By the end of the 1960s, all three scientists had reached generally similar conclusions. One was a prediction that the weak force must be transmitted by particles undiscovered up to then, knows as weak vector bosons. These hypothesized particles – the W-plus, W-minus and Z-zero particles, analogous to the photon particles that transmit electromagnetic radiation – became the objects of a sometimes bitter race between accelerator physicists.
In 1983, a group headed by Dr. Carlo Rubbia of Italy at CERN, the European Laboratory for Particle Physics in Geneva found the W particles, and the next year they detected Z particles, which transmits what is known as the weak neutral current within atomic nuclei.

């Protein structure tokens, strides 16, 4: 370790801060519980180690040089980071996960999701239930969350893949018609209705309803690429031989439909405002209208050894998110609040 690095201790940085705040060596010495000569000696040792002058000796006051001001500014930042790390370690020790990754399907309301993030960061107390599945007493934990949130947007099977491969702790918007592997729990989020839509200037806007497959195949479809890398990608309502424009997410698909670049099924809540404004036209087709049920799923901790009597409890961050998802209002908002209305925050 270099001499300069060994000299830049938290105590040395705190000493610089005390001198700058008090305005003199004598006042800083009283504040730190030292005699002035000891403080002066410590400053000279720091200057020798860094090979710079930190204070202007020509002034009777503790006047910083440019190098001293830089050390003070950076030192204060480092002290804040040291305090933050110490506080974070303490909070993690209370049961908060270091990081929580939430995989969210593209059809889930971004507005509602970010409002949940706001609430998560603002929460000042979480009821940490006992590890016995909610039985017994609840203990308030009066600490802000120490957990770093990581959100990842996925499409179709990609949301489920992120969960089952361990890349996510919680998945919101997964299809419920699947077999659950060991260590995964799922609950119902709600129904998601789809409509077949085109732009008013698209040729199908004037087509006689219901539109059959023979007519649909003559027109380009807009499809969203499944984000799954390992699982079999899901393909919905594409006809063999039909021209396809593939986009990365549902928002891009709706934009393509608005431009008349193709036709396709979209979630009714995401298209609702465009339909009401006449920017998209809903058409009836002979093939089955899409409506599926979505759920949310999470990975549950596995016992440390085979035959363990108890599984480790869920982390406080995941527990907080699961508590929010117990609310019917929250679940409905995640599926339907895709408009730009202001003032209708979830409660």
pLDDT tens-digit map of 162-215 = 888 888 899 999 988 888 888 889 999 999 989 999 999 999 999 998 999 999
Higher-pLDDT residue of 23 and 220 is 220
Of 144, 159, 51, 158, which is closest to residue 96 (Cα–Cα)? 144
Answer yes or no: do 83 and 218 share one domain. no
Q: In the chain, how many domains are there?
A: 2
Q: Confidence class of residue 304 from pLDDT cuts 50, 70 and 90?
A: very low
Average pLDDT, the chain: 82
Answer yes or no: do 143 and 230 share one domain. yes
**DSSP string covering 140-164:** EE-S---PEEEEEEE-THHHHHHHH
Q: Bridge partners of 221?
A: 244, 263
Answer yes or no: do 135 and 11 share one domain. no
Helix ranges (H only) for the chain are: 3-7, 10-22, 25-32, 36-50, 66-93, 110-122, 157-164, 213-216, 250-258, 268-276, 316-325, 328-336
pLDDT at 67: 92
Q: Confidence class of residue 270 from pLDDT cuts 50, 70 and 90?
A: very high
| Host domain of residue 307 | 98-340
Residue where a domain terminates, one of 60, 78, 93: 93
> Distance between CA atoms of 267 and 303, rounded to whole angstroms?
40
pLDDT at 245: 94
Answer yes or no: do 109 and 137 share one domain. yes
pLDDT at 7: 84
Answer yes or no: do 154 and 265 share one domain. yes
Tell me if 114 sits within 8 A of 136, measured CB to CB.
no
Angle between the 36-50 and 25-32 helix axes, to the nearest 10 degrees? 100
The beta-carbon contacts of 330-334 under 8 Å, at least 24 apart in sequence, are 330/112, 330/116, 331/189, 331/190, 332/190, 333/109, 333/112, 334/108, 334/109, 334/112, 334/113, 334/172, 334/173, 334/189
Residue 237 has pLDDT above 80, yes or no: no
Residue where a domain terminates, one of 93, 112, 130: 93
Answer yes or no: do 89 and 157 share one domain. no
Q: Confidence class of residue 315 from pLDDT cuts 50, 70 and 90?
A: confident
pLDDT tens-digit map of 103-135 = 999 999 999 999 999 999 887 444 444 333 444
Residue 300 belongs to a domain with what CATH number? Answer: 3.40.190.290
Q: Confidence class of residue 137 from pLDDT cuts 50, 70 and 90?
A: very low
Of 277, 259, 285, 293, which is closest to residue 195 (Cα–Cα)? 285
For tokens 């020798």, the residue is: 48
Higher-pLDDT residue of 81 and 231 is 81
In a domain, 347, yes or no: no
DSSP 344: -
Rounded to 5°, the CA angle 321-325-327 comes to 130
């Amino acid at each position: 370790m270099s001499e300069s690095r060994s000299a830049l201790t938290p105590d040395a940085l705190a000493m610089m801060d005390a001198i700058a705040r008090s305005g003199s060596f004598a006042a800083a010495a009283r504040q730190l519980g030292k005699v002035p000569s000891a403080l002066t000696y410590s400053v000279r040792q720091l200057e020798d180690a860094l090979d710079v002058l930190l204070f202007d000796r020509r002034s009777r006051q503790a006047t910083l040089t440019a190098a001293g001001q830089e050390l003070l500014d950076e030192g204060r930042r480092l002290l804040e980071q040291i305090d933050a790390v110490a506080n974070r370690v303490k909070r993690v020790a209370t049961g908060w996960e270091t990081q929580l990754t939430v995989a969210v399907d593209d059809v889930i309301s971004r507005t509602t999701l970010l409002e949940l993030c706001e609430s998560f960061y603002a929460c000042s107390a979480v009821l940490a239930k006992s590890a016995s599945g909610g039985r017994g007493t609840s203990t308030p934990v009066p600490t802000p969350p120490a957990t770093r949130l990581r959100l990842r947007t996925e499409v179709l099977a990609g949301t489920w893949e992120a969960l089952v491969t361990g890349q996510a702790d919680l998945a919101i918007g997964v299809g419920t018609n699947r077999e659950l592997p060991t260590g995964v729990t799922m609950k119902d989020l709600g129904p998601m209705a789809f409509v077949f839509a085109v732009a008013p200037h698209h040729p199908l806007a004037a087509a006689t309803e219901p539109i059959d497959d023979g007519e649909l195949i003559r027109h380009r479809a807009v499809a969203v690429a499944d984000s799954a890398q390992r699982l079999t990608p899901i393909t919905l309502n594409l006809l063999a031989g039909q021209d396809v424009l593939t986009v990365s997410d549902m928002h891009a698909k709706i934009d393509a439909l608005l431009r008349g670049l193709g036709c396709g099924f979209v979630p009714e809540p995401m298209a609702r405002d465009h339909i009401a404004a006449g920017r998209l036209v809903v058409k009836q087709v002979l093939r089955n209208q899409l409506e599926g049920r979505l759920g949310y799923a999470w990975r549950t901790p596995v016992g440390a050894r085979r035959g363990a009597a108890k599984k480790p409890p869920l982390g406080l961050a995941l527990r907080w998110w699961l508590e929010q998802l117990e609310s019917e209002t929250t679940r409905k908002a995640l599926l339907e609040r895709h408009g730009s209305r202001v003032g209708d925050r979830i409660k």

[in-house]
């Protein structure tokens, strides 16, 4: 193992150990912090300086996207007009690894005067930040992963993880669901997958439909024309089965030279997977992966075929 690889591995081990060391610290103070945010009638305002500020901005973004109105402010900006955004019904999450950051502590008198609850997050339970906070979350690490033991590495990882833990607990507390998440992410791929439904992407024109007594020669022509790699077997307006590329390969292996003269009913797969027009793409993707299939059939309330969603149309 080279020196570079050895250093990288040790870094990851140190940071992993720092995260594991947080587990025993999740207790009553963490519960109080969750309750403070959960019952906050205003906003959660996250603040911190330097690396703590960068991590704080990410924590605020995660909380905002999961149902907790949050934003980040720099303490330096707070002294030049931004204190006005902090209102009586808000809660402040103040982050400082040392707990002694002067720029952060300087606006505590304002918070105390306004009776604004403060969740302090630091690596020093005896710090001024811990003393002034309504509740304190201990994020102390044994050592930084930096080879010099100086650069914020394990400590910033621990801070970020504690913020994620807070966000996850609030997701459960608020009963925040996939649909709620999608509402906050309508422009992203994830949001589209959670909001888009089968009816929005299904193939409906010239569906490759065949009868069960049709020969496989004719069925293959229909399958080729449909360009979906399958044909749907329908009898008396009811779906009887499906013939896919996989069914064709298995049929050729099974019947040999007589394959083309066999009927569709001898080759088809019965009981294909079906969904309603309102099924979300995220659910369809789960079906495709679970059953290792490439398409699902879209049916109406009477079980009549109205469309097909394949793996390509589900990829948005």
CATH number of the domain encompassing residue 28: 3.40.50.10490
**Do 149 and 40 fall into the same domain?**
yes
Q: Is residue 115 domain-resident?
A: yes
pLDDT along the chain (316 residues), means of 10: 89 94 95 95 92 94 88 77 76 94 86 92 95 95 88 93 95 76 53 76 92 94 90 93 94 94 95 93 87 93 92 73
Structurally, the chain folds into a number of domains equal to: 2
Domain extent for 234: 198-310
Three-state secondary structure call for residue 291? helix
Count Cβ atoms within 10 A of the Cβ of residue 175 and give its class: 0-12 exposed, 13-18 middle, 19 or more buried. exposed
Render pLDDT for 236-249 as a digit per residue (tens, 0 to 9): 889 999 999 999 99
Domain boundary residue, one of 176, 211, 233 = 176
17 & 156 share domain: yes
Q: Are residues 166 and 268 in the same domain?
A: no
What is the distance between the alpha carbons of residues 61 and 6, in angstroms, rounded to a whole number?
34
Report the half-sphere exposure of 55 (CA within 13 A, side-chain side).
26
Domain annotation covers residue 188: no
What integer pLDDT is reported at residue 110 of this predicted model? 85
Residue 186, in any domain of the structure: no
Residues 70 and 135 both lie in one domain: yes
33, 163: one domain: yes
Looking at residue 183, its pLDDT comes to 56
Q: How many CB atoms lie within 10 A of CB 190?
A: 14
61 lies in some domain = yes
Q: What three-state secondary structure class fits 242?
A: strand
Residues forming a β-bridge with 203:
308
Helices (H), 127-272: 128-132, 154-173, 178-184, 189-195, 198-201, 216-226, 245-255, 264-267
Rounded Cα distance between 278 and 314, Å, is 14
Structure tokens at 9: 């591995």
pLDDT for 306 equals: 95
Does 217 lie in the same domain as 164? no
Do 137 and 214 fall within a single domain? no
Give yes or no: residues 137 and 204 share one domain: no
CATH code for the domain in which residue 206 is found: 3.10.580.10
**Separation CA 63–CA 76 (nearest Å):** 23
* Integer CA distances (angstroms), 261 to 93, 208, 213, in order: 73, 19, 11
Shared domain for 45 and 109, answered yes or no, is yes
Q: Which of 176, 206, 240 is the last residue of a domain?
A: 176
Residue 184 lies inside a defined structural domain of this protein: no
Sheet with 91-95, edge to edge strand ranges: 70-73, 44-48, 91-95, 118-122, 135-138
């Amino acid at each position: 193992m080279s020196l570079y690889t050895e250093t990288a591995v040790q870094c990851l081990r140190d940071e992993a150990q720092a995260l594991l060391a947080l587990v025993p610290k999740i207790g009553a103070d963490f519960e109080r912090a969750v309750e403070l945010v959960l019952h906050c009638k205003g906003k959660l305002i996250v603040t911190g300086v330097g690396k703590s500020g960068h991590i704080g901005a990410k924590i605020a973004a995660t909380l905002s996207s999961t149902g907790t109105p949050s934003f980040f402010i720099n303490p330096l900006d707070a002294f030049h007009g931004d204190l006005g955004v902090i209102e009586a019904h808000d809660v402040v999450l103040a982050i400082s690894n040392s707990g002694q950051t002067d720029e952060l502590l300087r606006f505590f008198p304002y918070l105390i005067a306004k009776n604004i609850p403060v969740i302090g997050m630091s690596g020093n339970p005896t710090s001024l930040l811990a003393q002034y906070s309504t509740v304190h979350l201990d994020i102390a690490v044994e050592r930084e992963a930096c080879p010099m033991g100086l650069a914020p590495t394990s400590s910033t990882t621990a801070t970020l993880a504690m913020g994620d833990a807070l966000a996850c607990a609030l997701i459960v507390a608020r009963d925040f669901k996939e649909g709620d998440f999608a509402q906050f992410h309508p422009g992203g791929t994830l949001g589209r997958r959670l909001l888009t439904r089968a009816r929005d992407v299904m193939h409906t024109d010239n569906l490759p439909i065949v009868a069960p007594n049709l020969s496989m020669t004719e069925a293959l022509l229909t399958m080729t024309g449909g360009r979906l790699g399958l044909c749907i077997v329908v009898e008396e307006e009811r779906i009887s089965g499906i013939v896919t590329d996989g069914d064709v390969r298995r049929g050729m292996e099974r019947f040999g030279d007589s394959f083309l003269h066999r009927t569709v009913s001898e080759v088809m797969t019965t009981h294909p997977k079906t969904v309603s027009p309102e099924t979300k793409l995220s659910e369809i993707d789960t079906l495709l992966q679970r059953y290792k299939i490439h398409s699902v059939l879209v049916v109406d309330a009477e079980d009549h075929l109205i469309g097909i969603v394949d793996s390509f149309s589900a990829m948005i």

Acting with unprecedented haste, the Nobel committee awarded a physics prize to Dr. Rubbia and his collaborator, Dr. Simon van der Meer, in 1984. (Many physicists accused Dr. Rubbia of engaging in public relations work to win the prize!) Thus the “electroweak theory” forged by Dr. Salam, Dr. Weinberg and Dr. Glashow was confirmed.
Abdus Salam was born on January 29, 1926, at Jhang, a rural community now in Pakistan. His father was a school teacher, who encouraged Salam’s education. Salam’s prodigious intellect won him first class educational opportunities even as a child. At the age of 14, he entered the Government College at Lahore, having achieved the highest mark ever recorded for an entrance examination to the college.
He completed his undergraduate education at Punjab University and then moved to Cambridge University in England, which awarded him a doctorate in 1952. From 1951 to 1954, Dr. Salam served as the Professor of Mathematics at Government College and Punjab University in Lahore. He then moved back to England, where in 1957 he became a Professor of Theoretical Physics at the Imperial College of Science and Technology, University of London, where he remained for most of his life. It was there that he developed the mathematics of the “electroweak theory”.